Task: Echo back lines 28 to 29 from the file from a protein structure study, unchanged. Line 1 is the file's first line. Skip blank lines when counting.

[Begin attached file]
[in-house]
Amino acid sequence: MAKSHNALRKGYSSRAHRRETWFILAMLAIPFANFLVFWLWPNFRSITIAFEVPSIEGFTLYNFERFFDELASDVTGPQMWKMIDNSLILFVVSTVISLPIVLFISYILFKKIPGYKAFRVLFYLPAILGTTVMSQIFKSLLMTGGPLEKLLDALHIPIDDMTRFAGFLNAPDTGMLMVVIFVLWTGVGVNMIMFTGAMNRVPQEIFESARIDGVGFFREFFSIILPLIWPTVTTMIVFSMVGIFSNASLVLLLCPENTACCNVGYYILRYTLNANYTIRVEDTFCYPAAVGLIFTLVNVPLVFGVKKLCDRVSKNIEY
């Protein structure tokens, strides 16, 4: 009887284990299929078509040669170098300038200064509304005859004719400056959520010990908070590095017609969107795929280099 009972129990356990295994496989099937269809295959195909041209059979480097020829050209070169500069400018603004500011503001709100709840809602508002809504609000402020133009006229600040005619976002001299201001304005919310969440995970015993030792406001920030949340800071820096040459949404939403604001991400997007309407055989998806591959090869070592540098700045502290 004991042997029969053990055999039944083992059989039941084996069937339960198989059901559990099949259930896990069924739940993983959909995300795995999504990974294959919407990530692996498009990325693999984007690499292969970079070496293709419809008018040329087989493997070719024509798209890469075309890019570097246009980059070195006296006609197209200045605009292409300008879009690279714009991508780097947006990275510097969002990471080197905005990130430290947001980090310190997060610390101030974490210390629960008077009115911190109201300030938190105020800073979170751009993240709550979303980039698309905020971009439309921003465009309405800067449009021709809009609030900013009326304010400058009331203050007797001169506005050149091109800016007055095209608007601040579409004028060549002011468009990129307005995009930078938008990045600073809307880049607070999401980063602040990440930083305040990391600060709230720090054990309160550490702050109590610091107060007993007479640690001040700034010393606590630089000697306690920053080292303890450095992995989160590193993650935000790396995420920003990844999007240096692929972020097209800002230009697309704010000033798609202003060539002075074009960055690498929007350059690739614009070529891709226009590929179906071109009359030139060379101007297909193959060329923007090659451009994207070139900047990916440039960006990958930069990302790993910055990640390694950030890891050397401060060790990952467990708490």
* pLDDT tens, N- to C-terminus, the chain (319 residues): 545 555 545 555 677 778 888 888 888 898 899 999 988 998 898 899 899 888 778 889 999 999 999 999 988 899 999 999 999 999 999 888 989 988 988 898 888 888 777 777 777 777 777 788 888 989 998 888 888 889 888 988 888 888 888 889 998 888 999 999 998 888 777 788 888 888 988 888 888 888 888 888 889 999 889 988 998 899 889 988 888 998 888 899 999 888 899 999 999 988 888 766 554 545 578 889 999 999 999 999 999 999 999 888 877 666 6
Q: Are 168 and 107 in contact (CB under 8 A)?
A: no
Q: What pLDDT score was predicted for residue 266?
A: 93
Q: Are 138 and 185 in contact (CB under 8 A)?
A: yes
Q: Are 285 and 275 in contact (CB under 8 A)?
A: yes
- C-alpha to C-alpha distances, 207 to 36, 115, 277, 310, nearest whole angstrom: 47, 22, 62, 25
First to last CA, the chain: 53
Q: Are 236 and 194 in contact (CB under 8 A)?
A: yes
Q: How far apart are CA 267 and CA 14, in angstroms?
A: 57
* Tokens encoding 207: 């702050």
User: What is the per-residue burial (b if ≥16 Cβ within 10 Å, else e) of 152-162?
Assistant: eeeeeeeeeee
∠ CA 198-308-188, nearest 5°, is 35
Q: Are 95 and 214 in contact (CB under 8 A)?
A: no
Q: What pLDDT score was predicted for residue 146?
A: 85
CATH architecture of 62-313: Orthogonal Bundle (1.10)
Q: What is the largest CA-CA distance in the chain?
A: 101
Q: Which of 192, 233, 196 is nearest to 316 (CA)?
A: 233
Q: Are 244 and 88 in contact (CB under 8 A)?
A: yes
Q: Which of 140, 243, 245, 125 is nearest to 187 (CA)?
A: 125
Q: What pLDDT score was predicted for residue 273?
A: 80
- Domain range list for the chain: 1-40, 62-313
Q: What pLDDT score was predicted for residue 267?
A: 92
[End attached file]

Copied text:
Q: What is the largest CA-CA distance in the chain?
A: 101